SIMaP laboratory publishes scientific results in various peer-reviewed international journals. List of those papers and more can be found on the open archive HAL.
ESRF Spotlight: Fast in-situ nanoimaging of particle sintering
Neck curvature, a parameter critical to the understanding of sintering, was determined precisely for the first time for the sintering of a glass powder. This was achieved by studying the microstructure evolution during sintering by high-temperature in-situ nanotomography using an unprecedented combination of fast scan time and high resolution. Those results are gathered in a paper in Materials Today journal and are also the subject of a ESRF' SPOTLIGHT ON SCIENCE.
Fast in situ 3D nanoimaging: a new tool for dynamic characterization in materials science, J. Villanova, R. Daudin, P. Lhuissier, D. Jauffrès, S. Lou, C.L. Martin, S. Labouré, R. Tucoulou, G. Martínez-Criado, L. Salvo, Materials Today (2017); doi: 10.1016/j.mattod.2017.06.0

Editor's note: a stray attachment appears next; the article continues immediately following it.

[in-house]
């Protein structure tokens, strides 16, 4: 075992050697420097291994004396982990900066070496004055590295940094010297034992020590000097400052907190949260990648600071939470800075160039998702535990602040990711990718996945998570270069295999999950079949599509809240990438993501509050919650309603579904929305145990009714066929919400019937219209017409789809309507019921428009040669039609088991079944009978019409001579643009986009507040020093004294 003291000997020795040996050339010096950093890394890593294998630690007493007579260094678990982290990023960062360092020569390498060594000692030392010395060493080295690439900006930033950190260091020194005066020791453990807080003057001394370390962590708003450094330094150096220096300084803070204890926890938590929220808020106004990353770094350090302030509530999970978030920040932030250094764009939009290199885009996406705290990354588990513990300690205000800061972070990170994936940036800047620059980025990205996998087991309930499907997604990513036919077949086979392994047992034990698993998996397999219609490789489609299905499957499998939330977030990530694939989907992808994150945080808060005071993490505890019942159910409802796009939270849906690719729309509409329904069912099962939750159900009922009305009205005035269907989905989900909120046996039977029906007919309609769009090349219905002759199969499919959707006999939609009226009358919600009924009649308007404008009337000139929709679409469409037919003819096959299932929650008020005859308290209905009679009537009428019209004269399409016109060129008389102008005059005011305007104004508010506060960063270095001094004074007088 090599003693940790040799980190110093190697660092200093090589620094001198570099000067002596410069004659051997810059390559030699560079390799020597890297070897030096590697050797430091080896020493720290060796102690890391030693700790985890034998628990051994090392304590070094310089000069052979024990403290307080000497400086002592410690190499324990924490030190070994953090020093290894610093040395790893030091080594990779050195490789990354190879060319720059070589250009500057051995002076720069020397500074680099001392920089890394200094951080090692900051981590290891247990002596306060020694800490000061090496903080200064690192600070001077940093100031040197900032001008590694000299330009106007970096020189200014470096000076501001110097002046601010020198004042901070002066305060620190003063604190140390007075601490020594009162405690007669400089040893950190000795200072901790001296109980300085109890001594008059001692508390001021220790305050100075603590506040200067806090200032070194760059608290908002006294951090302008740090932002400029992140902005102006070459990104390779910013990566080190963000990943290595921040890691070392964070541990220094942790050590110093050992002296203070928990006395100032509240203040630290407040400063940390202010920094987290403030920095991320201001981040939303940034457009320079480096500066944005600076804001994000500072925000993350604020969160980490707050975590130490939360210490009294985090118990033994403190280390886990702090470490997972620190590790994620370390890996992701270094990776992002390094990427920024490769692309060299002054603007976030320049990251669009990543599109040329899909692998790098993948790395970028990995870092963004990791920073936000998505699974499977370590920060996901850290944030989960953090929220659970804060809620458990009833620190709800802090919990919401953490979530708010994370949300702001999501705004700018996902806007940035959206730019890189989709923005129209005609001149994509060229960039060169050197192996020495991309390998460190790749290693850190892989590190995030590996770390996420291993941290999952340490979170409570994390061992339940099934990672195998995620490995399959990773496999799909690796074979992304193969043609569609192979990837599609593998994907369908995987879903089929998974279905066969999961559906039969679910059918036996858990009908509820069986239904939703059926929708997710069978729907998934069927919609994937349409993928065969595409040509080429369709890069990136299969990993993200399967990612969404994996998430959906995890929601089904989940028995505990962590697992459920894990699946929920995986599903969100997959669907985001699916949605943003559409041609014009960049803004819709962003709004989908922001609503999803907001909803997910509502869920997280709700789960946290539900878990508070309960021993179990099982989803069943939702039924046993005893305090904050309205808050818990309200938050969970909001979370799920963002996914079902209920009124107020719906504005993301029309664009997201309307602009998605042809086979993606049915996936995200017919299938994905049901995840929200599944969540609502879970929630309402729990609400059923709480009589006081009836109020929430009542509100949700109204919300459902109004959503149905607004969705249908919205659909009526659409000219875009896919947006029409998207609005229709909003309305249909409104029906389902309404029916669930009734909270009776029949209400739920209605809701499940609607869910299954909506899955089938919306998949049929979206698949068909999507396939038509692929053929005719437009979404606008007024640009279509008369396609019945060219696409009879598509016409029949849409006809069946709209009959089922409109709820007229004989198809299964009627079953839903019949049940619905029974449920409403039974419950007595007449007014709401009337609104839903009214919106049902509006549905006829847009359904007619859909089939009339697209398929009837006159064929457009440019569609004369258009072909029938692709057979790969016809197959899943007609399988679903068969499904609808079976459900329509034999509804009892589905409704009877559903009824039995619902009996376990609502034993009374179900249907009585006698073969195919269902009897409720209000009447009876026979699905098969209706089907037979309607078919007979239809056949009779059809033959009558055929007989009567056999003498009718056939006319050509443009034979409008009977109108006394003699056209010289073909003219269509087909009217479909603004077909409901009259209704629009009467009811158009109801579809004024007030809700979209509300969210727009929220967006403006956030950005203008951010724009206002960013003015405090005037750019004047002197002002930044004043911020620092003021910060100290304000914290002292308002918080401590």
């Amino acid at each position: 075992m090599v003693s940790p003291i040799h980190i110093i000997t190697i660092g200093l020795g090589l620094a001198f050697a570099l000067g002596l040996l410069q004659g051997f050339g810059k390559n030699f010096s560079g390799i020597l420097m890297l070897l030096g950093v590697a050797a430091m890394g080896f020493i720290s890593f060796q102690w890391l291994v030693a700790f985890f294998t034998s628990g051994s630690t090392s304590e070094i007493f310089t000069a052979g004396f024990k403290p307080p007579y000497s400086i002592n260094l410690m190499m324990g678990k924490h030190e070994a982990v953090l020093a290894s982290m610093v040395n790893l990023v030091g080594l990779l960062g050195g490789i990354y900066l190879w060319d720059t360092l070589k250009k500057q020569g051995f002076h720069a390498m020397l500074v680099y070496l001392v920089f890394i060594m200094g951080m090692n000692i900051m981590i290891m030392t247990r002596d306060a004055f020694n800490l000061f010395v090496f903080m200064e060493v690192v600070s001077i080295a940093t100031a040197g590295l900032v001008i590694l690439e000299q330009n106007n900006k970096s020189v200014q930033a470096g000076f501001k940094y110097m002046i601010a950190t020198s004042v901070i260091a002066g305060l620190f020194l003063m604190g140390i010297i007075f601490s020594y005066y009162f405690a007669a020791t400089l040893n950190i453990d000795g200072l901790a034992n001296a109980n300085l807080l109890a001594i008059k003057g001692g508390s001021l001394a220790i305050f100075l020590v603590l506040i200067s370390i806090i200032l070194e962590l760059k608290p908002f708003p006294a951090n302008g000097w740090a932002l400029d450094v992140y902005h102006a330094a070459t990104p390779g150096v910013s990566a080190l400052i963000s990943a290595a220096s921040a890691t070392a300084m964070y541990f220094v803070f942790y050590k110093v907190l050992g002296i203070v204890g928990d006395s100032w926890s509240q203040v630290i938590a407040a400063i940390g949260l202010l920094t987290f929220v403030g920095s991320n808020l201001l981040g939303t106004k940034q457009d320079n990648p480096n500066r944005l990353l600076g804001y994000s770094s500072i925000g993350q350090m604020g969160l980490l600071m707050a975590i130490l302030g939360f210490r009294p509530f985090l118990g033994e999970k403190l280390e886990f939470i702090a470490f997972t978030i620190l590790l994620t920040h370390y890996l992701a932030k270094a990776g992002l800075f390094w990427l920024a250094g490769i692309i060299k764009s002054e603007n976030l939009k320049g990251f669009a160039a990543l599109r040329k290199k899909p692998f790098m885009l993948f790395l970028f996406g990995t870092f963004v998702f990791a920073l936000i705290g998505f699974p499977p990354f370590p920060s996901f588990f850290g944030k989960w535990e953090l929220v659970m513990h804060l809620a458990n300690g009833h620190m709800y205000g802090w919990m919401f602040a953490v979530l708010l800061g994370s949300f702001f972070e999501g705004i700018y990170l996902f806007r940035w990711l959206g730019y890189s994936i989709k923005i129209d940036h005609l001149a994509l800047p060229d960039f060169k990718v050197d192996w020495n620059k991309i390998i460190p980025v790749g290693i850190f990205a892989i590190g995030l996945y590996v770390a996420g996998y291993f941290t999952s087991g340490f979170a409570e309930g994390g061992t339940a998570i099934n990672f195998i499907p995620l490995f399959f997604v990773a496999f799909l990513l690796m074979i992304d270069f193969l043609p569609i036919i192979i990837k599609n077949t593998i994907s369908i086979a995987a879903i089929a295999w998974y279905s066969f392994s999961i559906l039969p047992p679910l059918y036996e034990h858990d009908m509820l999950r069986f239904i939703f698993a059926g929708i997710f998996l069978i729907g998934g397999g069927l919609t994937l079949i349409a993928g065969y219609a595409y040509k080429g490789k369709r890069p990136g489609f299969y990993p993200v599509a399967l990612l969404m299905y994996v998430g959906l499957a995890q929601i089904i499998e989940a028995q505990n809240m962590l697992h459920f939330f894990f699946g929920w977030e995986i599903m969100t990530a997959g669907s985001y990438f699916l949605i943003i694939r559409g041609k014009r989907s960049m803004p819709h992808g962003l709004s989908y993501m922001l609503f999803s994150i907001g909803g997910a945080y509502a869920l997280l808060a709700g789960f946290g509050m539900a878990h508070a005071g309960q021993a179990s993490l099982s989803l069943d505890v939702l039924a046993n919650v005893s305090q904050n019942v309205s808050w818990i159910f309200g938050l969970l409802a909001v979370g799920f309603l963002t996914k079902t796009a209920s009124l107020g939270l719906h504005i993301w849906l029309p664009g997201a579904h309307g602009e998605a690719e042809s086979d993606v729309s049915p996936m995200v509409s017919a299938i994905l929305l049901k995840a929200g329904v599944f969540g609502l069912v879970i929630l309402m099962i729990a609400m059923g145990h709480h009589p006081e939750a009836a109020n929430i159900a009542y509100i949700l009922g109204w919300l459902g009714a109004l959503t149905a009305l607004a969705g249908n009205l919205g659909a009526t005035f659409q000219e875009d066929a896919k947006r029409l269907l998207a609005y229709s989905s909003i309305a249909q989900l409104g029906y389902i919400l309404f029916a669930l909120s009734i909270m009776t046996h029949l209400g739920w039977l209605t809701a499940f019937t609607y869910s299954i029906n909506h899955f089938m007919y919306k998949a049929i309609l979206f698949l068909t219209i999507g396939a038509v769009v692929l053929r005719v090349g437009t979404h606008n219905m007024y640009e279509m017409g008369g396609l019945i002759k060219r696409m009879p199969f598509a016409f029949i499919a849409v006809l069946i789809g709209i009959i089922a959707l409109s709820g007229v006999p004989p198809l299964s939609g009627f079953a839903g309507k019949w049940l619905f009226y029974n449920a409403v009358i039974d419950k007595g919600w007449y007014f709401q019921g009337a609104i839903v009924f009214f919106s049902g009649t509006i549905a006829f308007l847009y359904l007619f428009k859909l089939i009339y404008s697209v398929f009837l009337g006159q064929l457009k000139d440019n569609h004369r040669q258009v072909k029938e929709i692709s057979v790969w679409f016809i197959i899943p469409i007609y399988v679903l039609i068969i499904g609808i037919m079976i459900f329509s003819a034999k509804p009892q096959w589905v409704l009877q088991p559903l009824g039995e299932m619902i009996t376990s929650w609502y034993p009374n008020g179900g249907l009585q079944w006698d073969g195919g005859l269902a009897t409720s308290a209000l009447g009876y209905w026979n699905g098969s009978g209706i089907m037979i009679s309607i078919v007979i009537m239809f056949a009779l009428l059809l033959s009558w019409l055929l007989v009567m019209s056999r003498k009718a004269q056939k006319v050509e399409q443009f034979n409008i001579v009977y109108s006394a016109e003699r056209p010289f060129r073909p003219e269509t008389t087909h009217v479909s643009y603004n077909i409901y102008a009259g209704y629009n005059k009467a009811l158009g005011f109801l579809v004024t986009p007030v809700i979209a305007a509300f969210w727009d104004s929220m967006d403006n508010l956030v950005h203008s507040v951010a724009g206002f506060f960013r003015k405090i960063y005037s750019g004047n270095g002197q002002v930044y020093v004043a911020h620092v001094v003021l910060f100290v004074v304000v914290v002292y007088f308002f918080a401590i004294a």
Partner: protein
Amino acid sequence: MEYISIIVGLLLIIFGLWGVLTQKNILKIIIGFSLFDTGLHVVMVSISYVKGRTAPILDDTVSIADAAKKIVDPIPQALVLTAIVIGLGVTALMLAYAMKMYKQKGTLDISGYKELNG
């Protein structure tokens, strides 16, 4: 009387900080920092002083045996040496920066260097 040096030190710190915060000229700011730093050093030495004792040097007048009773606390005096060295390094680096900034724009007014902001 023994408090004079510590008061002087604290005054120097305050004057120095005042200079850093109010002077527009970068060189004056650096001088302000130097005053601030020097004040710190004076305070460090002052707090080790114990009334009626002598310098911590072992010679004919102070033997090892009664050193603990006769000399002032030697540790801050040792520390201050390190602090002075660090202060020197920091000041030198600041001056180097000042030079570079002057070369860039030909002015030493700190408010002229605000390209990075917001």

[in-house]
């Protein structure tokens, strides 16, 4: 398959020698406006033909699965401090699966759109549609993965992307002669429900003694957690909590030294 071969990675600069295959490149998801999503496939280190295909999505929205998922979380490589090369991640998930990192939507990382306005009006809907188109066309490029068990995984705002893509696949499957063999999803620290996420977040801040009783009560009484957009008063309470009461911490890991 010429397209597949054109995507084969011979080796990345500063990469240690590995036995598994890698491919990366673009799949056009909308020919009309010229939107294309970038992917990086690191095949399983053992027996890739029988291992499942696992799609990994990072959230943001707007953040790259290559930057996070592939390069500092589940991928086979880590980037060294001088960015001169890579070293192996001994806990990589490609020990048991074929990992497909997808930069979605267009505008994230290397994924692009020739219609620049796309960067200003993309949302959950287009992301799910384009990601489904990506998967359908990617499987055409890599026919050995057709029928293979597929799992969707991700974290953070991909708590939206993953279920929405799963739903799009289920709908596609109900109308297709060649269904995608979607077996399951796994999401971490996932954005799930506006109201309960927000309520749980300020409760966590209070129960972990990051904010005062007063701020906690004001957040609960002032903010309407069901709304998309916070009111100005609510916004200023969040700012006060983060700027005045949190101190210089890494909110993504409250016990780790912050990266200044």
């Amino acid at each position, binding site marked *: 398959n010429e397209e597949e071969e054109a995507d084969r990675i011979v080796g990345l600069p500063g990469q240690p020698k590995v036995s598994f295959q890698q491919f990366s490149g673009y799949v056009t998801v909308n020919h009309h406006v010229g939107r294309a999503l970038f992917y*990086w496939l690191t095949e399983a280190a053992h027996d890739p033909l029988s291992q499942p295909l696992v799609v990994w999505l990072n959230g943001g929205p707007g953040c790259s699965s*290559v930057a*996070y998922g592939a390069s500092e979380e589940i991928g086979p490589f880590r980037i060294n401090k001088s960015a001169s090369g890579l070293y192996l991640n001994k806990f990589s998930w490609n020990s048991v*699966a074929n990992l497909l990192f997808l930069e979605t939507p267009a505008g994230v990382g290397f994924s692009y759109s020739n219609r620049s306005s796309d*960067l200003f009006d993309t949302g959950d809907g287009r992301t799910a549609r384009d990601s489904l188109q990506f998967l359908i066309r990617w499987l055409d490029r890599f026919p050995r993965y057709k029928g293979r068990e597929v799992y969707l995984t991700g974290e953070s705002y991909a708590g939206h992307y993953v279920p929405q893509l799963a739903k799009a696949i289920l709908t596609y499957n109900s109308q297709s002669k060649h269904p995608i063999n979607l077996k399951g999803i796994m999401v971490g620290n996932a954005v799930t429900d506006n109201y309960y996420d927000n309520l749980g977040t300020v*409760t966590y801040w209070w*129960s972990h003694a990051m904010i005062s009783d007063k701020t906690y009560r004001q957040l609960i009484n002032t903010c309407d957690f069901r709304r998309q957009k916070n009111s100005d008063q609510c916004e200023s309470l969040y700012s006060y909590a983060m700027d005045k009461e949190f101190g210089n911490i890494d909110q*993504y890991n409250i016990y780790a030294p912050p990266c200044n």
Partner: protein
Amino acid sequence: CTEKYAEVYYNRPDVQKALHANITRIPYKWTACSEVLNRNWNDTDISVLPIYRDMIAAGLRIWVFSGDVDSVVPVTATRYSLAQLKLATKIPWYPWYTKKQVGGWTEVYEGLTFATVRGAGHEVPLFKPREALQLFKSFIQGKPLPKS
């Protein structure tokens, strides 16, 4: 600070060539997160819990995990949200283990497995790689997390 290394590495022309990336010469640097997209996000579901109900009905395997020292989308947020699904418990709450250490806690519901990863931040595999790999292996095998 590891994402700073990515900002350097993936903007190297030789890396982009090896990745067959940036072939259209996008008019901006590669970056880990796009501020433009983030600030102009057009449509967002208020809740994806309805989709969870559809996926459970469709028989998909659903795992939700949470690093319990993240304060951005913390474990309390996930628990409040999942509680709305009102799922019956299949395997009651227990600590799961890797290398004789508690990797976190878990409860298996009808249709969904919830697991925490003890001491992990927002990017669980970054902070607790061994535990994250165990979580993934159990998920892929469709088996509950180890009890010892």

Scientific Reports: From powders to bulk metallic glass composites.
One way to adjust the properties of a material is by changing its microstructure. This concept is not easily applicable on bulk metallic glasses (BMGs), because they do not consist of grains or different phases and so their microstructure is very homogeneous. One obvious way to integrate inhomogeneities is to produce bulk metallic glass composites (BMGCs). Here we show how to generate BMGCs via high-pressure torsion (HPT) starting from powders (amorphous Zr-MG and crystalline Cu). This approach has been developed in partnership with the Erich Schmid Institute of Materials Science in Leoben, Austria, and demonstrated that by changing the applied shear strains, the refinement of the microstructure is adjustable. The refinement of microstructure increases the hardness and a hardness higher than the initial BMG can be obtained.
From powders to bulk metallic glass composites Lisa Krämer, Yannick Champion, Rienhard Pipan, Scientific Reports (2017) DOI:10.1038/s41598-017-06424-4